RIETI Report May 2016

RIETI Policy Symposium "Frontier of Inter-firm Network Analysis: Power of network and geographical friction"

The inter-firm network is becoming increasingly important both politically and academically. Micro level data encourage empirical and quantitative analysis, and a theory is needed to explain the observed facts. The "power of network" should work to improve the productivity of firms, yet there are concerns about its side effects. For the development of the network, what kinds of policies should be performed? What kinds of results can be expected from such policies? In the May issue of the RIETI Report, we present the summary from the symposium "Frontier of Inter-firm Network Analysis: Power of network and geographical friction" where leading researchers in the fields of international trade and spatial economics presented on their latest research from theoretical, empirical, and quantitative aspects.

The symposium featured opening remarks and introduction by former RIETI President and Chief Research Officer Masahisa Fujita. He provided an overview of the state of inter-firm networks with relevant examples in Japan. He concluded by stressing that the problem of concentration in urban areas, which may generate synergy effect in the short run, may induce expansion of common knowledge and prevent innovation in the long run. Fujita suggests enhancing the flow of knowledge and people among diverse organizations, cities, regions, and countries to mitigate this situation.

The symposium featured four presentations. The first presentation "Implications of Inter-firm Networks for Theories of Production and Trade" by Samuel Kortum (James Burrows Moffatt Professor of Economics, Yale University) looked first at international trade, showing that the world has experienced increased gains from trade in the last 20 years. He added that theories of importing behavior have progressed less than those of exporting behavior, though the measure for the gains is based more on importing rather than exporting. He ended by reviewing the relationship between international trade and the firm-to-firm network and posits that the flow of ideas between firms may be more important than the flow of goods. The second presentation "Empirical Evidence of Firm-to-firm Network in Trade and its Implications" by Andrew Bernard (Jack Byrne Professor, Tuck School of Business, Dartmouth College) discussed the importance of looking at this from the customer side. He provided some interesting results from several studies including that manufacturing exporters make everything they export, but that they export more products than they actually produce; most firms have very few partners in a market, but most matches have a well-connected big firm on one side; the majority of connections is formed in the same area, though big firms can find suppliers at greater distances; and as trade costs fall, importers and exporters are able to change their contracts in some products and might benefit at the expense of domestic customers. He believes that the welfare implications of research on the network are enormous. Following this was the presentation "Trade, Sectoral Linkages, and Labor Market Dynamics: Quantitative implications" by Lorenzo Caliendo (Associate Professor of Economics, Yale University) which looked at fluctuations in aggregate economic activity which are the result of a variety of disaggregated changes that can be classified into three types of shocks: sectoral shocks, regional shocks, and sectoral and regional shocks. Such shocks affect the aggregate economy through the four important mechanisms: sectoral linkages, geographic factors, inter-regional trade, and migration. He built a model to quantify different disaggregated shocks, taking into account these four mechanisms and presented three examples: productivity boom in one region in one sector, reduction in inter-regional shipping costs, and some results about the Japanese economy. The limitation he has faced thus far is access to data. With more data available, the more that can be learned with his tools, and even better tools can be constructed to understand how disaggregated shocks actually affect the aggregate real economy. Finally, the last presentation "The Implications of Agglomeration and Regional Spillover Effects" by Robert Dekle (Professor of Economics, University of Southern California) considered the reasons why economic activities concentrate in some regions. He applied the Krugman model and the Helpman model to explain reasons for agglomeration, using the raw silk industry in Japan as an example. The Krugman model predicts that a fall in transport costs leads to more agglomeration as firms agglomerate and export goods to the agricultural labor, whereas, in contrast, the Helpman model states that a fall in transport costs promotes dispersion. Another study was introduced that showed industry concentration helps Japanese total factor productivity growth in non-manufacturing, though it does not help in manufacturing, which suggests that manufacturing as a whole may not be characterized by these dynamic externalities as much as non-manufacturing.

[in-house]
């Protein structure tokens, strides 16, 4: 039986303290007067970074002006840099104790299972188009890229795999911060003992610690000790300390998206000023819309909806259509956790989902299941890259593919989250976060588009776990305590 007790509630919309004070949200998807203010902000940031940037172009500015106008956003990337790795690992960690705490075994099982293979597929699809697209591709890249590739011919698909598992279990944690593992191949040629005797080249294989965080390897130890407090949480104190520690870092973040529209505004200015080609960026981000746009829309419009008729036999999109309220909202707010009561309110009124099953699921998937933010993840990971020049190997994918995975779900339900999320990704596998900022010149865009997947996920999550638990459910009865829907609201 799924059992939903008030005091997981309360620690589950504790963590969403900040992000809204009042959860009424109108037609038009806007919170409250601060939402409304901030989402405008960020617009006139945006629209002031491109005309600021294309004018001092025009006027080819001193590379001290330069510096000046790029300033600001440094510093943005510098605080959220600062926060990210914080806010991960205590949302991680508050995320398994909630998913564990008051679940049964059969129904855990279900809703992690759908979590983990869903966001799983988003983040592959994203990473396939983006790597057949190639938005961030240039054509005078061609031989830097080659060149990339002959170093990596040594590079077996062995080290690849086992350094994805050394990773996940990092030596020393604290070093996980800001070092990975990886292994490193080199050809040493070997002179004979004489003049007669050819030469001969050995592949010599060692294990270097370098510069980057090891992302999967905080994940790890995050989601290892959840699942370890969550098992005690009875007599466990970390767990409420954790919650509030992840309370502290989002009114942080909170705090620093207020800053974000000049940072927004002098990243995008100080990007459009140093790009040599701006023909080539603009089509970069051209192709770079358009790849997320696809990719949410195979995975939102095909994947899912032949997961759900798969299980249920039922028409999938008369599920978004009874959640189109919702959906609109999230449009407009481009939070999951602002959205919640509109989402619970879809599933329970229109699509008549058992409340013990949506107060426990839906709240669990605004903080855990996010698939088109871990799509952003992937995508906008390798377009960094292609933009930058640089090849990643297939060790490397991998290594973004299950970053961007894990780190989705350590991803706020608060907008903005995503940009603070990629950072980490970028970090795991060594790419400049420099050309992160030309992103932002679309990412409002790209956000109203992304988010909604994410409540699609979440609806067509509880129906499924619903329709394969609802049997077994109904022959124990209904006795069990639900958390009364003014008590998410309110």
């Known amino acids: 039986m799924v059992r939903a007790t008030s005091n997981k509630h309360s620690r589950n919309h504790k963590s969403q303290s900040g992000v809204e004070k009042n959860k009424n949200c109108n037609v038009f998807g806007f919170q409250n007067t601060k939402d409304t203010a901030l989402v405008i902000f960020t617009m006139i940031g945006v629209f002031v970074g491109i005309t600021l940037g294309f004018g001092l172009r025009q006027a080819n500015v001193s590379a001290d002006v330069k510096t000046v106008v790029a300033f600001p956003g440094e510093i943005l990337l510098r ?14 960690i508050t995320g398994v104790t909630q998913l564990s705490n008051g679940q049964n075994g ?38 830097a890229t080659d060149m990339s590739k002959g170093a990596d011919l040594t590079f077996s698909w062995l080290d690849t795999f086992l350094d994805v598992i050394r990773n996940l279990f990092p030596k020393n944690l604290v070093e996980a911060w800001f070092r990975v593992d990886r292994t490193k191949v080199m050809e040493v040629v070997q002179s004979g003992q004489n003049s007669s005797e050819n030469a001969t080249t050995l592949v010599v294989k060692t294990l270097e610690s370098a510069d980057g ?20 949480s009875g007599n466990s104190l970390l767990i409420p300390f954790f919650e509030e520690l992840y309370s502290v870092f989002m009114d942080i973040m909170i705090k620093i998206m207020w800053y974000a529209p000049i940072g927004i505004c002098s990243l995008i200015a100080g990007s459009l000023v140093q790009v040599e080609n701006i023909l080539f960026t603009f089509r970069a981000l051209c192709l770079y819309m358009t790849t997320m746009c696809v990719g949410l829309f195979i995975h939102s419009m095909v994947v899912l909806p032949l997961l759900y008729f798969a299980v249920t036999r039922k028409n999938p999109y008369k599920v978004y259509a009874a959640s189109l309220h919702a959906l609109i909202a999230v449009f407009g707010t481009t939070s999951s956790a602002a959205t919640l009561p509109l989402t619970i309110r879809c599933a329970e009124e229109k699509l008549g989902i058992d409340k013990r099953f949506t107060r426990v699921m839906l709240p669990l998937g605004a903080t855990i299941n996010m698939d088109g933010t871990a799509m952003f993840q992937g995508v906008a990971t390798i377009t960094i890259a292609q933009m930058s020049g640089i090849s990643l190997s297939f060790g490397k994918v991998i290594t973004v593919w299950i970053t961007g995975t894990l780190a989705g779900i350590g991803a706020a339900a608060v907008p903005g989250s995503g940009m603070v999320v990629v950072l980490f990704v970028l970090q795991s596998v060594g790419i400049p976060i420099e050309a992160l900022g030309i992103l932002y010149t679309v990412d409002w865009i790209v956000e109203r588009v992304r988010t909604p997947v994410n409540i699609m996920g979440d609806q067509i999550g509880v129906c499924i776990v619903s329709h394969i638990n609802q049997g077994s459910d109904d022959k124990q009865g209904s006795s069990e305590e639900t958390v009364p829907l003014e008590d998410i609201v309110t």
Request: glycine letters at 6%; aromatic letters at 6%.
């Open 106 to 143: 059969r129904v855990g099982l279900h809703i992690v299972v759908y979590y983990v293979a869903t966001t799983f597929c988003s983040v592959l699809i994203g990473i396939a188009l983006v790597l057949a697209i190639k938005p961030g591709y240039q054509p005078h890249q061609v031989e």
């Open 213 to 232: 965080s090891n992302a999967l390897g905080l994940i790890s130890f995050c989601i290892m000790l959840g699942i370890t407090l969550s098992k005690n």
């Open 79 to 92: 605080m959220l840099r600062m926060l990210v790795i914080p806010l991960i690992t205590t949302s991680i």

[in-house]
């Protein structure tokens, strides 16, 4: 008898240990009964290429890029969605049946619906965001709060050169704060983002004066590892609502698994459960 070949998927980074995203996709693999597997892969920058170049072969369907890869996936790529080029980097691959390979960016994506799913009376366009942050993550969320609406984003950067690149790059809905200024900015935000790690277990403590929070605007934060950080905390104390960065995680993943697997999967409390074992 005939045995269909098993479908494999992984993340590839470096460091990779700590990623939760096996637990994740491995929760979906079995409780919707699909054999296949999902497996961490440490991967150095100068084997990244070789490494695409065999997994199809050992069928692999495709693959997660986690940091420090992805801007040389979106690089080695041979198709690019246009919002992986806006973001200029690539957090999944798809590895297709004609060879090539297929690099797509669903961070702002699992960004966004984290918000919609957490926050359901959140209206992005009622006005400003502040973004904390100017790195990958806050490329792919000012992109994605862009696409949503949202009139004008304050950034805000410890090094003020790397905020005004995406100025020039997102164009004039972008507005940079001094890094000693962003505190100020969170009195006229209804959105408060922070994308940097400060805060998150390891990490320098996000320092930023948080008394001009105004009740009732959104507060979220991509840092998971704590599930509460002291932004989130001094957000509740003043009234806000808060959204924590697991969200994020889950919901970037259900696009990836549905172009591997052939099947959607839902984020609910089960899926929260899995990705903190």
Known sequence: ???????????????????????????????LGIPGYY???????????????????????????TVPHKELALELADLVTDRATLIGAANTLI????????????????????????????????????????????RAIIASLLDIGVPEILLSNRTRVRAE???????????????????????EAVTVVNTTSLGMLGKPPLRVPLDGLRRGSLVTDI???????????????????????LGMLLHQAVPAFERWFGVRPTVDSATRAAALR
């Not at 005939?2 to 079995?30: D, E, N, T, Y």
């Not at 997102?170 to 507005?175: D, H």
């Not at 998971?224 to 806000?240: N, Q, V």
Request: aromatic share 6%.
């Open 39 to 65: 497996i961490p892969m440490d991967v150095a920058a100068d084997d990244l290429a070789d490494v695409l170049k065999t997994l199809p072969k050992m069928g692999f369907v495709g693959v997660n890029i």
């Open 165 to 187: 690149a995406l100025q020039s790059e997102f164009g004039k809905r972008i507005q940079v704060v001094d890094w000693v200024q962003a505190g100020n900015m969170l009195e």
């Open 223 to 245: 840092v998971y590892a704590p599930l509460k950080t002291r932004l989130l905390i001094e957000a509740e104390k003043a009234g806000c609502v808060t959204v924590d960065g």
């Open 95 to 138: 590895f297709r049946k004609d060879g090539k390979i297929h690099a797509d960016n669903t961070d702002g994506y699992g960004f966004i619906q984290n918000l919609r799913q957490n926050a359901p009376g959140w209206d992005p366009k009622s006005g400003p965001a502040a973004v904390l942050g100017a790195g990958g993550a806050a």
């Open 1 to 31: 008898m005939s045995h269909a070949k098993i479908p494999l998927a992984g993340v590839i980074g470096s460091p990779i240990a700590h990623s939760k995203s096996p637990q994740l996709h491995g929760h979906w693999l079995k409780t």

The symposium concluded with a panel discussion in the form of a Q&A session on a variety of related issues with the speakers and moderated by RIETI Program Director Nobuaki Hamaguchi. RIETI Senior Fellow Yukiko Saito gave an introduction on geographical frictions and the policy attempts to reduce them. The panelists then answered wide-ranging questions from the audience, including on topics such as new new trade theory becoming extended into new economic geography, inter-regional distortions, transport costs and their relation to agglomeration or dispersion, and the construction of a maglev between Tokyo and Osaka and its implications.

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